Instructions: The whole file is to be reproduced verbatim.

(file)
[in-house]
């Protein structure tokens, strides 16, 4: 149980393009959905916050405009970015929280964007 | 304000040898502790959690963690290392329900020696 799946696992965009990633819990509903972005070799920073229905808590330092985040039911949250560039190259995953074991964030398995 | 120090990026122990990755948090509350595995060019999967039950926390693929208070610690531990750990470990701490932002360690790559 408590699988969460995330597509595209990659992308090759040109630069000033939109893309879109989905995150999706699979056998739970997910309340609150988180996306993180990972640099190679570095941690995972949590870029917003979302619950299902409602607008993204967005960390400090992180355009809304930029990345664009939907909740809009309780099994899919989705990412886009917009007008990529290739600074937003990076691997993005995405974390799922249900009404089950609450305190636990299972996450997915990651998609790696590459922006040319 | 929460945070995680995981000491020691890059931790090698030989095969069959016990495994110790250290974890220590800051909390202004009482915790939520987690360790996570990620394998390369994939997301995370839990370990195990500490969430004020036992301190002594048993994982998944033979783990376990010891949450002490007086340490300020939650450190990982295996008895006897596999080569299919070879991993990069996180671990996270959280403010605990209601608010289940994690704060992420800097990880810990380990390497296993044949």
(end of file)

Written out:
[in-house]
């Protein structure tokens, strides 16, 4: 149980393009959905916050405009970015929280964007 | 304000040898502790959690963690290392329900020696 799946696992965009990633819990509903972005070799920073229905808590330092985040039911949250560039190259995953074991964030398995 | 120090990026122990990755948090509350595995060019999967039950926390693929208070610690531990750990470990701490932002360690790559 408590699988969460995330597509595209990659992308090759040109630069000033939109893309879109989905995150999706699979056998739970997910309340609150988180996306993180990972640099190679570095941690995972949590870029917003979302619950299902409602607008993204967005960390400090992180355009809304930029990345664009939907909740809009309780099994899919989705990412886009917009007008990529290739600074937003990076691997993005995405974390799922249900009404089950609450305190636990299972996450997915990651998609790696590459922006040319 | 929460945070995680995981000491020691890059931790090698030989095969069959016990495994110790250290974890220590800051909390202004009482915790939520987690360790996570990620394998390369994939997301995370839990370990195990500490969430004020036992301190002594048993994982998944033979783990376990010891949450002490007086340490300020939650450190990982295996008895006897596999080569299919070879991993990069996180671990996270959280403010605990209601608010289940994690704060992420800097990880810990380990390497296993044949």